TB Cases Up by 5% Nationwide in 2022

Secondary tuberculosis in lungs and close-up view of Mycobacterium tuberculosis bacteria, 3D illustration. | Image by Kateryna Kon, Shutterstock

A recent report from the Centers for Disease Control and Prevention showed that the number of tuberculosis cases in the United States rose by 5% in 2022, with higher infection rates seen among children under age 4.

The CDC logged 8,300 cases of tuberculosis nationwide in 2022, of which 202 were among children aged 4 and under.

This demonstrates a rapid increase of 26% among the younger part of the population, with only 160 cases recorded in 2021.

Furthermore, 73% of the reported TB cases occurred among people not born in the U.S., according to CDC data.

All of this points to a concerning trend of new transmissions causing active TB infections rather than latent or asymptomatic ones.

The CDC describes TB as caused by Mycobacterium tuberculosis, a bacterium that wreaks havoc on the lungs and has the potential to spread to other organs in the body, especially among young children or individuals with compromised immune systems.

When latent, the infection produces no symptoms and can remain dormant for years.

Yet when TB does manifest itself as an active infection, it wages war on the body. Symptoms include fever, chills, bloody mucus, and pains in the chest.

It is also possible to infect others extremely quickly through exposure to fluids produced when a person speaks, sneezes, or coughs.

A diagnosis of TB is commonly made via a chest x-ray and a tuberculin skin test, which may yield a small bump if the infection is present.

While a vaccine exists for TB, it is typically only given to those who have been exposed to an infected person.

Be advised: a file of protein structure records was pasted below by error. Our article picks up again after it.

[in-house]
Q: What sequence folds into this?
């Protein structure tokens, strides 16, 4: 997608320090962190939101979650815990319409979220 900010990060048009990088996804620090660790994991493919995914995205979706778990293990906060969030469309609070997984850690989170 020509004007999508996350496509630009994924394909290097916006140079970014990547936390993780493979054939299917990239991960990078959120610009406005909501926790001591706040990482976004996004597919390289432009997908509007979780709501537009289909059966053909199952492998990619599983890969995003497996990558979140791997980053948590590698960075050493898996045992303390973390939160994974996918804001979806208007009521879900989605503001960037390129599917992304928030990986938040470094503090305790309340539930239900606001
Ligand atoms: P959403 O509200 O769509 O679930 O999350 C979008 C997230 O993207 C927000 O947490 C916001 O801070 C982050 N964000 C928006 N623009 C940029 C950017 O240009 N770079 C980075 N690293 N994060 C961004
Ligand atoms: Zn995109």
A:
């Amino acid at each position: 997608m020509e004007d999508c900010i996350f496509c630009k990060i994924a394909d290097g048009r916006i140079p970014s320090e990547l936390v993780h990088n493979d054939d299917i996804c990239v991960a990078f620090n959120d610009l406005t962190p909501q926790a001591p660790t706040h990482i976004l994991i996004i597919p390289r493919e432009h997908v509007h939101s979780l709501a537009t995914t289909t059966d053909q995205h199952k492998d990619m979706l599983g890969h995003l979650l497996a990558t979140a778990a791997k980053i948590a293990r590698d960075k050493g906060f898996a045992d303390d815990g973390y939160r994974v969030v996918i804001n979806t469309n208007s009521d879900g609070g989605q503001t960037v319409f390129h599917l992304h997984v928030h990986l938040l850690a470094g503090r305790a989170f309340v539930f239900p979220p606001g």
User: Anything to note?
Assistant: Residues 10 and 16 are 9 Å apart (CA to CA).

There is also an effective drug treatment available for TB using antibacterial medications such as rifampin and rifapentine.

Yet TB can also present in a drug-resistant form, much like other superbugs.

As The Dallas Express reported, the CDC warned earlier this year that another form of bacteria known as Shigella was causing drug-resistant infections of shigellosis.

Yeast is also capable of becoming drug-resistant, as The Dallas Express reported. Infections of Candida auris — a fungus — have been reported in greater numbers across the U.S. Capable of causing severe illness in individuals with weakened immune systems, medical experts say infections tend to affect those who are already hospitalized.

Alongside taking proper precautions against TB, such as keeping a distance from someone who has it and being tested if exposed, it is important to take the full course of antibiotics prescribed — which can last for between three and 12 months. Failing to do so contributes to the generation of drug-resistant forms of TB.

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